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Follow Purchasing Law for Facilities Services

Posted on November 19, 2014

Micki Morris, partner, Rogers, Morris & Grover LLPAs the legislature readies for its next session, school districts and governmental entities are still grappling to interpret purchasing law changes for facility services from 2011, when Government Code Chapter 2269 (initially listed as Chapter 2267) was introduced. What are construction services? What can be classified as minor facilities services and/or maintenance?  Harris County Department of Education has done extensive research and has made the following clarifications to assist purchasing and facilities personnel.

“This used to be so much easier,” said Micki Morris, partner at Rogers, Morris & Grover, LLP, as she explained that all construction projects were previously under procurement rules of Chapter 44 of the Education Code.

“Anything construction is now Chapter 2269 of the Government Code. That made everybody’s life a little more difficult,” said Morris.Ms. Morris spoke at a recent TASBO Gulf Coast Maintenance and Operations chapter meeting at HCDE.

Using school district or budgetary interpretations of what used to be defined as construction or maintenance are not relevant. Texas Education Code Chapter 44 specifies that Chapter 2269 of the Texas Government Code applies for all “construction services,” which is not defined. Sarah Langlois, HCDE general counsel and partner at Rogers, Morris & Grover, LLP, notes that “generally, construction contracts can encompass both maintenance and public works projects.” Ms. Langlois spoke at a recent HCDE School Finance Council meeting.

So purchasing and facilities professionals must distinguish between projects that replace like-for-like and projects that involve a “public works contract,” which triggers bonding and prevailing wage requirements.​

Morris says the legal definition of maintenance is very narrow. She notes that the Texas Attorney General’s definition of “maintenance refers to ordinary upkeep necessary to preserve something in good condition; to ‘keep up, keep from change; preserve’ and includes ‘ordinary repairs necessary and proper from time to time for that purpose.’”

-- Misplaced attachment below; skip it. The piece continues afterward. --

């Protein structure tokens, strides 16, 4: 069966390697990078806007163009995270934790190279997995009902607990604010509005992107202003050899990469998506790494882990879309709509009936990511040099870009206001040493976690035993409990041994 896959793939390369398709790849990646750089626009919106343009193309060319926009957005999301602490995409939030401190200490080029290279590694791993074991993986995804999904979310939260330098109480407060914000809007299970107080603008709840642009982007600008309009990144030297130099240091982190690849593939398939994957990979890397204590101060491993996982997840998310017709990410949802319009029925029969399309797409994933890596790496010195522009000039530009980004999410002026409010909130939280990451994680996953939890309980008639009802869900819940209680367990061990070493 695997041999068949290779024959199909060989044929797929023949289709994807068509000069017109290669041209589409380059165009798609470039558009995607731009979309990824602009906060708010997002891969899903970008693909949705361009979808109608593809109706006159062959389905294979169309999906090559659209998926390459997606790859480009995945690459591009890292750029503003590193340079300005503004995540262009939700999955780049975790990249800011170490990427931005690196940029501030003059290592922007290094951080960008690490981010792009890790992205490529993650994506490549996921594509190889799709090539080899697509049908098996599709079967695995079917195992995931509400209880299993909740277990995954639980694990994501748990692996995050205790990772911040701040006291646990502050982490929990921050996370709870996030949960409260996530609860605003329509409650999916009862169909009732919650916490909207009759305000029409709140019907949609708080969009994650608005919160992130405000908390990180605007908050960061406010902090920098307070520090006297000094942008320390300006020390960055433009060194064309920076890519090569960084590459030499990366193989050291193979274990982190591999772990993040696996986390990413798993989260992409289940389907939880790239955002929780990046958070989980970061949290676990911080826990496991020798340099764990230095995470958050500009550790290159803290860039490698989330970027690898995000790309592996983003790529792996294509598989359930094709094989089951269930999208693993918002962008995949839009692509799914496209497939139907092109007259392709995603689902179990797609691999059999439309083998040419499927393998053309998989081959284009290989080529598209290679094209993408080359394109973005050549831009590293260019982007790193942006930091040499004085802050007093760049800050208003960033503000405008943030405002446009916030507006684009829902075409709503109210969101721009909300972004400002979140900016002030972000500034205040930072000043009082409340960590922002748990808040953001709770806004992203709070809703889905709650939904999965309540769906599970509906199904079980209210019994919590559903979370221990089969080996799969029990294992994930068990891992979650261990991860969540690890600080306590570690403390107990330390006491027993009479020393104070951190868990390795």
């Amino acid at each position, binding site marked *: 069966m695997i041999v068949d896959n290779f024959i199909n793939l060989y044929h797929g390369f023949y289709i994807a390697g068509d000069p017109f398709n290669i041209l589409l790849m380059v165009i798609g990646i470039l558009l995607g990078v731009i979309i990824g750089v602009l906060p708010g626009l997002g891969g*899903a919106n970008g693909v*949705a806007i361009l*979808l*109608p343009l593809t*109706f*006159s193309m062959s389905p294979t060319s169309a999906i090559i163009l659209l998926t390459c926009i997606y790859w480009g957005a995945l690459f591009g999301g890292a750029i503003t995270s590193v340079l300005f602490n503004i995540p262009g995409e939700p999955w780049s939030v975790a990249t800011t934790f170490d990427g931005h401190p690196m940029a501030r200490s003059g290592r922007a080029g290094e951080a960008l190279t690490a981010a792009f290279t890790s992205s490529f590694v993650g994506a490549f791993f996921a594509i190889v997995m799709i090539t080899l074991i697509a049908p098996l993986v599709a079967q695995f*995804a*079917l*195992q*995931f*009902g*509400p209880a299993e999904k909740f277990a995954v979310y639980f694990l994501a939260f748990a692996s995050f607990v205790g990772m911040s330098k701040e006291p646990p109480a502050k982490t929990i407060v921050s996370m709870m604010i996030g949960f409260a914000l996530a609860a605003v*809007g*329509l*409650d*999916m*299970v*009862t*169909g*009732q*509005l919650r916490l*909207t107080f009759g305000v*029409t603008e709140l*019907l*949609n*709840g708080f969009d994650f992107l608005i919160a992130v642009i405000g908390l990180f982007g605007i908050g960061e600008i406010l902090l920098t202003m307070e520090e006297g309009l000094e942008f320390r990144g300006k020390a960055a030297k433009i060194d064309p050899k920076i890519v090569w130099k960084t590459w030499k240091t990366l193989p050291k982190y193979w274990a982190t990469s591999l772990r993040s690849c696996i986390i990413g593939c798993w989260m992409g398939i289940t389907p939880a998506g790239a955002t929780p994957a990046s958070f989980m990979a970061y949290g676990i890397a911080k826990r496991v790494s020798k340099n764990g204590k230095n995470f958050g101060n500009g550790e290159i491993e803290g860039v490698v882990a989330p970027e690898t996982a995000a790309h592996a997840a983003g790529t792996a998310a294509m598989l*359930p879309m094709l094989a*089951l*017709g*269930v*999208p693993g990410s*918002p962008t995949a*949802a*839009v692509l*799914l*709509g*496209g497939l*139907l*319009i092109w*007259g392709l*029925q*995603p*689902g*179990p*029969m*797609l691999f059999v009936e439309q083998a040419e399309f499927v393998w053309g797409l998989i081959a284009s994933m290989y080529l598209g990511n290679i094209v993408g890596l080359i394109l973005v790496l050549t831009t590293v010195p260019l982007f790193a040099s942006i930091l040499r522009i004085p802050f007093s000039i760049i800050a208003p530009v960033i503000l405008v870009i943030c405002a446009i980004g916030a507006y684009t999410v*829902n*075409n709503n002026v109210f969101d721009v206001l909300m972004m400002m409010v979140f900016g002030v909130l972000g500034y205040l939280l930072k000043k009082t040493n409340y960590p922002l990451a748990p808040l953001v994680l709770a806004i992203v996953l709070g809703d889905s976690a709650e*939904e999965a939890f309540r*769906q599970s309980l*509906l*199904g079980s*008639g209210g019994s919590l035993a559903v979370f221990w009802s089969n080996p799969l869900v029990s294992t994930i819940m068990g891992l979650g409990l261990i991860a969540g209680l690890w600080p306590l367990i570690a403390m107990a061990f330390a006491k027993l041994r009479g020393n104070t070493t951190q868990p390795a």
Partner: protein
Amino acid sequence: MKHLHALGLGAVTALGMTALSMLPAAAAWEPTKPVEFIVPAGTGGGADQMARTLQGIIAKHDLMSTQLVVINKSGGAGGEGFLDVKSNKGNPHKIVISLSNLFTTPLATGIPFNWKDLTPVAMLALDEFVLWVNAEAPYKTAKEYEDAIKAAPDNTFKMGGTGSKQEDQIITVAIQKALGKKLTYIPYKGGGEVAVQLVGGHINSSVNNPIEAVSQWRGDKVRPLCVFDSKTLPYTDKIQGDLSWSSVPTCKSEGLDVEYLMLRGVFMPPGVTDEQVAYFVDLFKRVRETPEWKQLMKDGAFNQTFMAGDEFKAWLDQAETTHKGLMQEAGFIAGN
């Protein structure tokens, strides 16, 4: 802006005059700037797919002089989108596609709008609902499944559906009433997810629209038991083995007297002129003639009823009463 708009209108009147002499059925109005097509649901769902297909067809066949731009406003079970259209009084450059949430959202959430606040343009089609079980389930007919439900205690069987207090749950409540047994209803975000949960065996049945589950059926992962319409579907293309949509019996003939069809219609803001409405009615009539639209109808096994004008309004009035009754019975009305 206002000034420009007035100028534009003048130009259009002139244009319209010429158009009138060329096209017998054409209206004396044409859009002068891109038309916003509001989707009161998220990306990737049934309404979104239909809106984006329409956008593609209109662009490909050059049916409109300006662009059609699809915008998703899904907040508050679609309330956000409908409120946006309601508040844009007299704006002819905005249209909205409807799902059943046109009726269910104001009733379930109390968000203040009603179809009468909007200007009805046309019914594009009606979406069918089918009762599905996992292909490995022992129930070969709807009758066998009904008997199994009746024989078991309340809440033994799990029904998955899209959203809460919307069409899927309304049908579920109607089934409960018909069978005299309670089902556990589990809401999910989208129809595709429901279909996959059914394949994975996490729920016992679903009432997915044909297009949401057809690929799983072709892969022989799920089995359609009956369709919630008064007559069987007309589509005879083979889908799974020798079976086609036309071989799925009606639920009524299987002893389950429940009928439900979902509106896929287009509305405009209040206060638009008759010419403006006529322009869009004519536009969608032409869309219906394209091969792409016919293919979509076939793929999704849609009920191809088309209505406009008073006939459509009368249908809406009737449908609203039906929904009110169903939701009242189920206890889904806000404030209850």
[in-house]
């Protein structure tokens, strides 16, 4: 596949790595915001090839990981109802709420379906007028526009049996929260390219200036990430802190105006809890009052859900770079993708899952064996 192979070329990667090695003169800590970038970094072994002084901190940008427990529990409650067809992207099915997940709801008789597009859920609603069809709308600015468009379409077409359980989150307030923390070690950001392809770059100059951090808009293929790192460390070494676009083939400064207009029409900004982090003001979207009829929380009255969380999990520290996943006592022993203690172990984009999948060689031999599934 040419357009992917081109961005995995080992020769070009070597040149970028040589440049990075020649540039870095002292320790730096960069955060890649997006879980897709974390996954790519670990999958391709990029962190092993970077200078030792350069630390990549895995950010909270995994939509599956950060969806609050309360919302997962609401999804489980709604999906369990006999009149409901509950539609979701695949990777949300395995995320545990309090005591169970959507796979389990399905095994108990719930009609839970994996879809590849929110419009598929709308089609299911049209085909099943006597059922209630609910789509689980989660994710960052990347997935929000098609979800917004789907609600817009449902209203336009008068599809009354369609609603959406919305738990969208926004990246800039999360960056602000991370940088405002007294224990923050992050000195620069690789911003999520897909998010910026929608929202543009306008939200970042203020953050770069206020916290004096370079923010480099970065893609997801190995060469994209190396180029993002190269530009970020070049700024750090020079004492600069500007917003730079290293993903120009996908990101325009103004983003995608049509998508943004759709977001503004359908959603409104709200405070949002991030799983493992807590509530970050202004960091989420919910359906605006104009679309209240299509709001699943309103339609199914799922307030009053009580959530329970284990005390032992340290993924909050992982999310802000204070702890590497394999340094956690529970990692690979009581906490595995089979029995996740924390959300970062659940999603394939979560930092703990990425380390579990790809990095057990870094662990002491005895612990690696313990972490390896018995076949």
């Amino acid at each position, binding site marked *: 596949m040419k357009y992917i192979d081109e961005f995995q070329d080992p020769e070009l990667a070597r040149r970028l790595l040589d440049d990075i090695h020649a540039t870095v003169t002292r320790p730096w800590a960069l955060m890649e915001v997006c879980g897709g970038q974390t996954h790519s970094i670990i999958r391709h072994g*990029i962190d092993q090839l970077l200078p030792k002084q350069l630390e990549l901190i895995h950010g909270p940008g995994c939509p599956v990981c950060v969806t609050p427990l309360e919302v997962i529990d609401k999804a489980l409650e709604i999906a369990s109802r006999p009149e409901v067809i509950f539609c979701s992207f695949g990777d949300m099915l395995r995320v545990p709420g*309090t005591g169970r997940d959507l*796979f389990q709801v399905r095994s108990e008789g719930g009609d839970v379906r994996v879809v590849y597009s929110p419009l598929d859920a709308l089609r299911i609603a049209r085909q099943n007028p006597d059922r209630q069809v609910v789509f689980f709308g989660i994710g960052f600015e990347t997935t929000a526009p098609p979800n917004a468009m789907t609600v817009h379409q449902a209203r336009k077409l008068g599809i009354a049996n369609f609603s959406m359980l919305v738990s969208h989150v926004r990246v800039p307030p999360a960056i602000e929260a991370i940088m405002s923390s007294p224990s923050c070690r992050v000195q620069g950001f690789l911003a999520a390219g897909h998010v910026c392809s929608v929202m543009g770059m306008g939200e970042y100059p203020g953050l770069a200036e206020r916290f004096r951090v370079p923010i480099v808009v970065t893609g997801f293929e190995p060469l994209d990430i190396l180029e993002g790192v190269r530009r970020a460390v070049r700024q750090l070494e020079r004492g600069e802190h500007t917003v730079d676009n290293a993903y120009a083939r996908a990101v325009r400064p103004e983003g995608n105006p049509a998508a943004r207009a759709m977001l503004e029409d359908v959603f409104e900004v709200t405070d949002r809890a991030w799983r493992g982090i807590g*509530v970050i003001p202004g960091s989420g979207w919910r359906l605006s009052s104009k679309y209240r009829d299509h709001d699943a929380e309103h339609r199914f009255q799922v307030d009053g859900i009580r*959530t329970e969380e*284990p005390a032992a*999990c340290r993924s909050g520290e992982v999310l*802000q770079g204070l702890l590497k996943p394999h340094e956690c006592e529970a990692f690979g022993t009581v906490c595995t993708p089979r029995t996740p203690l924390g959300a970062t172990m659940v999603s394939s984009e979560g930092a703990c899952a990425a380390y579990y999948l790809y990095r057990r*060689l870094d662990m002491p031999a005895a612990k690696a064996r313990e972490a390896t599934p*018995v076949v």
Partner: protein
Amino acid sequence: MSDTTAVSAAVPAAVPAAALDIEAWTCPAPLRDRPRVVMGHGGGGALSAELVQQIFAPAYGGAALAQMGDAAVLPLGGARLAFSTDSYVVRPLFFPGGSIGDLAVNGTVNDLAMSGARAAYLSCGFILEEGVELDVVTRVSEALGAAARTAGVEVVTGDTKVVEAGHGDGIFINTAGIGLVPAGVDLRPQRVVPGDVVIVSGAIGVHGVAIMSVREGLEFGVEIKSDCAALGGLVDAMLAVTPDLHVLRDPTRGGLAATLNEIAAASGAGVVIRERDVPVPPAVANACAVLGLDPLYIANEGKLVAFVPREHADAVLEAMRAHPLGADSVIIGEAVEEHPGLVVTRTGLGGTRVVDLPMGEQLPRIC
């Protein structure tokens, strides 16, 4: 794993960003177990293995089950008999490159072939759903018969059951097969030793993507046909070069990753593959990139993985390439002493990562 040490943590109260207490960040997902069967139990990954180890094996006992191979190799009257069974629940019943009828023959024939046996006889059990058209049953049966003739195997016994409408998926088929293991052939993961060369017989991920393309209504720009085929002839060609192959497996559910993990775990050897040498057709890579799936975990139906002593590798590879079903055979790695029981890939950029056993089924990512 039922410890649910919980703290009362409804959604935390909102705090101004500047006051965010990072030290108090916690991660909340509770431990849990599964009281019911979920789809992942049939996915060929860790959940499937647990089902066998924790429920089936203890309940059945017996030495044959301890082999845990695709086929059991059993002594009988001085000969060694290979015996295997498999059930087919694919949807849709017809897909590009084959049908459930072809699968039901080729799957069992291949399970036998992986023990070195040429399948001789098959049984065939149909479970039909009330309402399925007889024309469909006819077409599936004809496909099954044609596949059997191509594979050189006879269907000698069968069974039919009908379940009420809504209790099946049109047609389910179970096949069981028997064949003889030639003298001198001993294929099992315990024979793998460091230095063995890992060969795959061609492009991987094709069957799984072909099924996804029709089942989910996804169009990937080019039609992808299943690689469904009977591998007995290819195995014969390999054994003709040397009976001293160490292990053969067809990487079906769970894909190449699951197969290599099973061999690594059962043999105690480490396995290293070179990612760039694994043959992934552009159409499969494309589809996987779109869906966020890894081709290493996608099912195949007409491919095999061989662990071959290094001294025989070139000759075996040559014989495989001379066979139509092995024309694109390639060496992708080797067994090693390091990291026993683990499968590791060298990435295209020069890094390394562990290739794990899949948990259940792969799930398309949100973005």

“Generally, if a construction contract does not fall within the definition of ‘maintenance,’ it is safe to consider it a ‘public work contract’ if it involves construction work related to a public building,” said Langlois.

“With advancements in technology, it is becoming more and more difficult to replace like for like,” said Les Hooper, RTSBA, executive director, HCDE facilities services.

It is no longer legal for school district purchasing professionals to use time and materials contracts with vendors on standby for Heating Ventilation Air Conditioning, electrical, plumbing or other such repairs. Under Government Code 2269, maintenance service contracts should be procured using Job Order Contracts (Indefinite Delivery-Indefinite Quantity Construction), which by definition uses a construction unit price book. The JOC contracts can be for individual trades or can be a JOC company that subcontracts for all component work. JOC contracts can be procured by individual school districts or through a cooperative via an interlocal contract (Government Code Chapter 791.)

Minor repairs and renovations that school districts can no longer classify as maintenance and procure under time and materials contracts include such things as: adding an electrical outlet; removing old carpeting and replacing with a different or upgraded flooring surface; adding a wall; replacing HVAC units with higher efficiency units; replacing lighting with improved efficiency bulbs, etc.

“If you are doing time and materials for construction services under Chapter 44, it is going to get flagged by the auditor,” said Morris.

This information was developed by Jim Owens, retired school facilities administrator and HCDE consultant, and Sarah Langlois and Micki Morris, partners, Rogers, Morris & Grover, LLP. Ms. Langlois and Mr. Owens are presenting a session on this topic at the TASBO Facility Masters conference in November 2014. Article written by HCDE Client Development Services.